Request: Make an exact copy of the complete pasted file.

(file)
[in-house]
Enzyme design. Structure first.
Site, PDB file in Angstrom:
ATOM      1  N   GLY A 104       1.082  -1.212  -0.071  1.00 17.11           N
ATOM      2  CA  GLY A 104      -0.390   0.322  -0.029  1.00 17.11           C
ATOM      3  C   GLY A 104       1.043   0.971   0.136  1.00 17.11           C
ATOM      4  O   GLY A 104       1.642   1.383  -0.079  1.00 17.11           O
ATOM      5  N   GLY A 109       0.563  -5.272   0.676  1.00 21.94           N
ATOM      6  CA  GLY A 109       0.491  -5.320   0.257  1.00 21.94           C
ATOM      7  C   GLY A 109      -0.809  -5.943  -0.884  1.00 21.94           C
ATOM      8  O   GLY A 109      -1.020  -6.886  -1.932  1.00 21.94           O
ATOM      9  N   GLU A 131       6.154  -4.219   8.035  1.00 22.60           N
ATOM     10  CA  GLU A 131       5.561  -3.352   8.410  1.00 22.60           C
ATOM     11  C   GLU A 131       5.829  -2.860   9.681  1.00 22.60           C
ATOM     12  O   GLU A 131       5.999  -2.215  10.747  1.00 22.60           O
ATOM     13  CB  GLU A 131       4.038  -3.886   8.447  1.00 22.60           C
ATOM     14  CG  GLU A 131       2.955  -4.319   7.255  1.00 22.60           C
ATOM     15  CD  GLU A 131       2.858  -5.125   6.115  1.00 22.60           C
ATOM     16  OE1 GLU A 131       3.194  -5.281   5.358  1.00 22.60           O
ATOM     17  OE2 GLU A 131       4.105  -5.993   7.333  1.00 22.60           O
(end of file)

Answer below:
[in-house]
Enzyme design. Structure first.
Site, PDB file in Angstrom:
ATOM      1  N   GLY A 104       1.082  -1.212  -0.071  1.00 17.11           N
ATOM      2  CA  GLY A 104      -0.390   0.322  -0.029  1.00 17.11           C
ATOM      3  C   GLY A 104       1.043   0.971   0.136  1.00 17.11           C
ATOM      4  O   GLY A 104       1.642   1.383  -0.079  1.00 17.11           O
ATOM      5  N   GLY A 109       0.563  -5.272   0.676  1.00 21.94           N
ATOM      6  CA  GLY A 109       0.491  -5.320   0.257  1.00 21.94           C
ATOM      7  C   GLY A 109      -0.809  -5.943  -0.884  1.00 21.94           C
ATOM      8  O   GLY A 109      -1.020  -6.886  -1.932  1.00 21.94           O
ATOM      9  N   GLU A 131       6.154  -4.219   8.035  1.00 22.60           N
ATOM     10  CA  GLU A 131       5.561  -3.352   8.410  1.00 22.60           C
ATOM     11  C   GLU A 131       5.829  -2.860   9.681  1.00 22.60           C
ATOM     12  O   GLU A 131       5.999  -2.215  10.747  1.00 22.60           O
ATOM     13  CB  GLU A 131       4.038  -3.886   8.447  1.00 22.60           C
ATOM     14  CG  GLU A 131       2.955  -4.319   7.255  1.00 22.60           C
ATOM     15  CD  GLU A 131       2.858  -5.125   6.115  1.00 22.60           C
ATOM     16  OE1 GLU A 131       3.194  -5.281   5.358  1.00 22.60           O
ATOM     17  OE2 GLU A 131       4.105  -5.993   7.333  1.00 22.60           O